Internal structure and densities of the solid worlds I - chemical evidence

Clouds of interstellar gas and dust from Wikipedia

Origin of planetary material:

Solar systems form from clouds of interstellar gas and dust. Where does this material come from?

The Milky Way - all sky composite from Astronomy Picture of the Day.

The result of all this is that huge molecular clouds of interstellar gas and dust are spread throughout the galaxy. Sometimes, that material can be compressed by the stellar winds of neighboring stars to the point that it contracts under its own gravity, leading to....

The Rosette Nebula detail from Astronomy Picture of the Day.

Formation of Solar Systems:

Nebulae. Occasionally, conditions are such that clouds of gas and dust (leftovers of the big bang, material ejected from stars during their lifetimes, and the shrapnel of ancient supernovae) become sufficiently compressed by the stellar winds of adjacent stars or the shock waves of supernovae that they form relatively dense clouds of material called nebulae (sing. nebula) like the Rosette Nebula (detail at right.) Particularly dense regions of nebulae can continue to contract as gravity sucks material to their centers, where it piles up forming a protoplanetary disk. Material concentrated in the center of the disk becomes a protostar while material circling it in the disk may accrete into planets. The Sun and Solar System formed in this way. The protostar becomes hot for at least two reasons.

Stages in origin of Sun:

We now turn to what was going on in the disk of gas (mostly hydrogen and helium) with traces of dust surrounding the protosun when our solar system formed.

Reconstruction of protosolar nebula University of Arizona - Astronomy 170B1.

Origin of planets:

A modern analog to this stage in the Solar System's development may be provided by the star Fomalhaut in whose protoplanetary disk the second extrasolar planet ever directly to be imaged orbits.

Paradox of Earth mass and density:

The fact that the Solar System formed from homogeneous material leads to a paradox. We know:

This yields a bulk density of 5.51 103 kg m-3. But this presents a difficulty: Any Earth rocks that we can put our hands on are considerably less dense.

We have access to three general classes:

Granite - Joshua Tree National Park___________________Basalt - Sullivan Bay, Santiago, Galápagos Islands___________________Mantle xenolith in basalt from Wikipedia

The average density of surface rocks is nothing like the bulk density of planet Earth. One way or another, the low density of surface rocks must be offset by denser material somewhere. This paradox allegedly led Sir Edmund Halley to propose in 1692 that large parts of the interior of Earth were actually hollow. Today, serious possible explanations include:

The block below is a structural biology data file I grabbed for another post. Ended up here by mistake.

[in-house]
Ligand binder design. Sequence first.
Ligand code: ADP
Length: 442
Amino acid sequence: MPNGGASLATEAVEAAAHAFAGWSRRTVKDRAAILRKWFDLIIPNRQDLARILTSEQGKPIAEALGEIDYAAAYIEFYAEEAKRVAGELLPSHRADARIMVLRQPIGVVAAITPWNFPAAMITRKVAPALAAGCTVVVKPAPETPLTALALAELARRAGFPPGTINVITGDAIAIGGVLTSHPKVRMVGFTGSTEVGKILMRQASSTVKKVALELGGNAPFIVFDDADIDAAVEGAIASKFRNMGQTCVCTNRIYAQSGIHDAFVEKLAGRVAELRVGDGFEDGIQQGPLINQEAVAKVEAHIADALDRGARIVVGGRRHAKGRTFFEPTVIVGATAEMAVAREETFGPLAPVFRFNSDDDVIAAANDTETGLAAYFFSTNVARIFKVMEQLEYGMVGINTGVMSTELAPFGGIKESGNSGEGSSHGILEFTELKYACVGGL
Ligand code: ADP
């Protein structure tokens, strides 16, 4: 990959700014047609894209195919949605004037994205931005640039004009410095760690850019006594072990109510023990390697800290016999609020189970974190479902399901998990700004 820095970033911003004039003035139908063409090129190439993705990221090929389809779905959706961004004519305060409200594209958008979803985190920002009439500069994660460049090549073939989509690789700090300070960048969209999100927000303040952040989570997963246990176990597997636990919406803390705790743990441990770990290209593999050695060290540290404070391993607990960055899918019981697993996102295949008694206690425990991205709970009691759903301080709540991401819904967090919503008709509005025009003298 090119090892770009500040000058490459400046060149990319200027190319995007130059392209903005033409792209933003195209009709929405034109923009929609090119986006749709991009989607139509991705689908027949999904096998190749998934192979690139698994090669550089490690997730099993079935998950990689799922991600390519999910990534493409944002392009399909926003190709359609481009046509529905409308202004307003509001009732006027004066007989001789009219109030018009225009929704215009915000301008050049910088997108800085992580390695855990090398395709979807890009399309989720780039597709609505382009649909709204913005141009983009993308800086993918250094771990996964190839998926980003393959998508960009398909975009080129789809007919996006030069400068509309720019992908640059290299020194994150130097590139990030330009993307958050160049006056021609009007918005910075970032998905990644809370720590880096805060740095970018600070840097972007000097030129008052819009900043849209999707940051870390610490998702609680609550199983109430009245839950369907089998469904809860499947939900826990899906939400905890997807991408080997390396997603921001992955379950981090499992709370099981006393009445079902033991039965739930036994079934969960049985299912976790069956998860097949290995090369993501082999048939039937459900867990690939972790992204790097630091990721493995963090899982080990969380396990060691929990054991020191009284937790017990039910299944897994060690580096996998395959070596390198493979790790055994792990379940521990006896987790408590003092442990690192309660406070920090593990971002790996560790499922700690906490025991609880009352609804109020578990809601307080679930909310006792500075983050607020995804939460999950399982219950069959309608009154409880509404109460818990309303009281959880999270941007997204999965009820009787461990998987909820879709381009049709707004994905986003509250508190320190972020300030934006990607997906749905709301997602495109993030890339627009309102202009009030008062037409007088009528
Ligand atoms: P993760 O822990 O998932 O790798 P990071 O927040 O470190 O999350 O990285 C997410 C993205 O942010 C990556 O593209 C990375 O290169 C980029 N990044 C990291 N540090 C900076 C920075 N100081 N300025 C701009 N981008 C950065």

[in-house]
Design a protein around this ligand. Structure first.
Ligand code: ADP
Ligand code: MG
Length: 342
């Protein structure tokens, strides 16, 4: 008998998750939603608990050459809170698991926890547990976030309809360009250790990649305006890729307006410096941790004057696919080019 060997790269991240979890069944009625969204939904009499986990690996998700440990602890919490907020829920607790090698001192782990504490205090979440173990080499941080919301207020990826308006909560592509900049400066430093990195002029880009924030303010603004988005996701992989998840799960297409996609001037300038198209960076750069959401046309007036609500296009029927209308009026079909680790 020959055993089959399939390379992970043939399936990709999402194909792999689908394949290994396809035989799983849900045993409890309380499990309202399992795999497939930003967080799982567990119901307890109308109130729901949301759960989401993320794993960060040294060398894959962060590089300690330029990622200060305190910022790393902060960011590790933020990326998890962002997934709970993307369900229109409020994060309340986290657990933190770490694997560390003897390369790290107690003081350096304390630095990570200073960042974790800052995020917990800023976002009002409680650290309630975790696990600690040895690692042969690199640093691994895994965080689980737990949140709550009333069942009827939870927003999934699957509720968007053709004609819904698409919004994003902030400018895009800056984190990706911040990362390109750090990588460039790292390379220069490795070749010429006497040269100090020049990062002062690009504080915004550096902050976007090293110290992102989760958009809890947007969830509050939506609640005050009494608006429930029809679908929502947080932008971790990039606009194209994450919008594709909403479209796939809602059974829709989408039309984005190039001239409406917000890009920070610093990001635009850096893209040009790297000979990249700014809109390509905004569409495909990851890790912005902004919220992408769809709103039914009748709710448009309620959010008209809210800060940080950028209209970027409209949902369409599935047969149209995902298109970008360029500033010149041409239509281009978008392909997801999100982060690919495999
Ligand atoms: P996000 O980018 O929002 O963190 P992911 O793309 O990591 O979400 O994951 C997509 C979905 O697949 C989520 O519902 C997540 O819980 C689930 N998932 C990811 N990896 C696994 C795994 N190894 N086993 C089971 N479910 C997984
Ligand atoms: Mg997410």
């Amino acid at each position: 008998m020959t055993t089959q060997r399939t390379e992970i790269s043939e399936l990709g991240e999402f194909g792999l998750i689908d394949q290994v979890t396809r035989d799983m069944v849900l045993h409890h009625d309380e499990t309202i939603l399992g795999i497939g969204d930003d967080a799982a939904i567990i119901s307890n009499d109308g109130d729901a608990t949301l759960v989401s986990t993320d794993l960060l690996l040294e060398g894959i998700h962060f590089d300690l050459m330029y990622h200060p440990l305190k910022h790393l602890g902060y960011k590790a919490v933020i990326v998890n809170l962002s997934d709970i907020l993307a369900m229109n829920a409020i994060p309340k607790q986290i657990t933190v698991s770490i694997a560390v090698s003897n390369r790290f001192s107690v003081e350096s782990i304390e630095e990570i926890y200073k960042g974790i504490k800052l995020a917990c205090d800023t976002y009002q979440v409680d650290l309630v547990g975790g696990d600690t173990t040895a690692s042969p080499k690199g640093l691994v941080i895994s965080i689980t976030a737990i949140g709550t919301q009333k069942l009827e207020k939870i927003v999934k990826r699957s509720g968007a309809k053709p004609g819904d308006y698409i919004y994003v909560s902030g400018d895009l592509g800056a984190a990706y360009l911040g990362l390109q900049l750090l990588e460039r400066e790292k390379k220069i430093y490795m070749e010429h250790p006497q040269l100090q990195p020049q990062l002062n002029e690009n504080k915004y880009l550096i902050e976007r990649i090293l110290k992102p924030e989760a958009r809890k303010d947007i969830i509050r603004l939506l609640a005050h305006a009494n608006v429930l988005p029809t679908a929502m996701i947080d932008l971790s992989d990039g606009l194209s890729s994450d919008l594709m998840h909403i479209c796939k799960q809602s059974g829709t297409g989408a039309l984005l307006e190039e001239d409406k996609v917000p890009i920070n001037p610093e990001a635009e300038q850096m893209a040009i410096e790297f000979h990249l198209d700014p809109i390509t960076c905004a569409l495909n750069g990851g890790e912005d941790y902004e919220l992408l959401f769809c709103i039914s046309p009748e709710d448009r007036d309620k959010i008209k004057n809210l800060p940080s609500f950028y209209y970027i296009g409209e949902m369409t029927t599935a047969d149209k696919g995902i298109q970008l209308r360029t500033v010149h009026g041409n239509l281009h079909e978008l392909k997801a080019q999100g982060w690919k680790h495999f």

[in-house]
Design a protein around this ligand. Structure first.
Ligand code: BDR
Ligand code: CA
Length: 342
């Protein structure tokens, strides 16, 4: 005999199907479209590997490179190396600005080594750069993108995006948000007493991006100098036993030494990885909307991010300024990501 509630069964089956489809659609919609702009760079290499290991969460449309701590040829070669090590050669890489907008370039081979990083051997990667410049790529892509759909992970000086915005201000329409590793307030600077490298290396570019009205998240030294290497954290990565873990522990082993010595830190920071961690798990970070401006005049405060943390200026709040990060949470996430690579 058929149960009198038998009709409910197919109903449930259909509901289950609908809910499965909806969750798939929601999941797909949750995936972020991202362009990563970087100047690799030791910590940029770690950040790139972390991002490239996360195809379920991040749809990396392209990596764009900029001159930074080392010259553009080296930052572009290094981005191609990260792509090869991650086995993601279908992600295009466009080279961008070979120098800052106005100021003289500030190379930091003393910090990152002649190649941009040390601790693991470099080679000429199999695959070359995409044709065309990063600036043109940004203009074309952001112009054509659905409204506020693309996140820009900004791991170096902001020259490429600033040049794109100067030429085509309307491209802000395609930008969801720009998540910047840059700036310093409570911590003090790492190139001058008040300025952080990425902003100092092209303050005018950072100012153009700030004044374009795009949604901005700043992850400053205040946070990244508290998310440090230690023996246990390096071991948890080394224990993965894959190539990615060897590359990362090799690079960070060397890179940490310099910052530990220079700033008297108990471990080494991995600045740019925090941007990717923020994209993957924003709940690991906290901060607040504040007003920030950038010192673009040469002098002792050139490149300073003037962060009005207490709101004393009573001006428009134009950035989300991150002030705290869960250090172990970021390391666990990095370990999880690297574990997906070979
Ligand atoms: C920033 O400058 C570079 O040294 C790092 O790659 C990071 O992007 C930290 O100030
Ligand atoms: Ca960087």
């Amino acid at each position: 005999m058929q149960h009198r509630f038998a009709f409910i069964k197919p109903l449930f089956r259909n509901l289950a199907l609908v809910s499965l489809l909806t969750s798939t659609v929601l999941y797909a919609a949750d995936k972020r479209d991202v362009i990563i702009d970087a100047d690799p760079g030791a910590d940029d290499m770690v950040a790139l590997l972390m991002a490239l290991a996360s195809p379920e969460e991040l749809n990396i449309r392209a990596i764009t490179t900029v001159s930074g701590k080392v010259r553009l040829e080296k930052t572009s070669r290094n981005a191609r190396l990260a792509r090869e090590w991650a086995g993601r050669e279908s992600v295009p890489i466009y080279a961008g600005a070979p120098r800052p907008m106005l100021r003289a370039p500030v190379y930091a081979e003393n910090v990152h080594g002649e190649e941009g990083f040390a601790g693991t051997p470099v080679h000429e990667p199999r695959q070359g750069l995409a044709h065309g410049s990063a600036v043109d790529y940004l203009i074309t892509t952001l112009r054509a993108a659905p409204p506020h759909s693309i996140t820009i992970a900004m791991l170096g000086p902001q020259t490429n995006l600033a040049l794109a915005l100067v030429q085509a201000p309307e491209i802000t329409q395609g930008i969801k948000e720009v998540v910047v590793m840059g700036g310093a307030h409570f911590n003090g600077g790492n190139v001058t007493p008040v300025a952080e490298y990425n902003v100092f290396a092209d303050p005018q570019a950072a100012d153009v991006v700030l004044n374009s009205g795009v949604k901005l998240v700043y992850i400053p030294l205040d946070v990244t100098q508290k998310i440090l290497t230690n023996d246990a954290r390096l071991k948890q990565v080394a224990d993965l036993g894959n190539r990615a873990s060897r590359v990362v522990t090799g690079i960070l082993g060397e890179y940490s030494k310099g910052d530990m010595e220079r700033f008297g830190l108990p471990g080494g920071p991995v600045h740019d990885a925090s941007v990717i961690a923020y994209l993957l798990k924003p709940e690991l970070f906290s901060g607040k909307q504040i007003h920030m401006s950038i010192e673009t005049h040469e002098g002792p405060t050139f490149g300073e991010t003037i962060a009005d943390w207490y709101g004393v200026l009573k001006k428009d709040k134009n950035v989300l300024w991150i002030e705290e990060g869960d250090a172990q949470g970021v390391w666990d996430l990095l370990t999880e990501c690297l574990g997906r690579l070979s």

In fact, there are reasons to think that all of these are true.

Lines of evidence:

Chondrite Wikipedia.


Meteorites come in several compositional classes:

The last three types seem to represent debris from the collisions of differentiated planetary embryos (like Vesta). The chondrites, however, represent material left over from the formation of the Solar System. One subset, CI carbonaceous chondrites are considered particularly good representations of the composition of the Solar Nebula, as their composition (gasses and volatile substances notwithstanding) compares very well with that of the sun's atmosphere, as revealed in absorption spectra.

Earth composition vs. chondrites:

Chondrite normalization: CI carbonaceous chondrites are considered sufficiently reliable reflections of the Solar System's overall composition that it is common to refer to the concentrations of trace substances in rock samples by comparison to their concentrations in chondrites. These are typically displayed in spider diagrams or "spidergrams" (right.) As fig 2.3 0f the text indicates, Earth's crust and upper mantle are significantly enriched in some elements and depleted in others, especially iron, which is known to be common in the sun and in chondrites. The presence of an iron reservoir deep in the Earth might explain Earth's density paradox.

Laboratory simulations of the deep Earth:

What about self-compression or chemical alteration of mantle silicates? We can actually study the behavior of silicate minerals under conditions of temperature and pressure that they might encounter in the very deep Earth using equipment such as:

Such tests experimentally verify that: Such studies demonstrate that olivine can be transformed into material approaching 5 103 kg m-3. That can't account for Earth's density paradox (Earth = 5.52 103 kg m-3). Something denser like iron (7.8 103 kg m-3) must be down there as well.

Key concepts and vocabulary: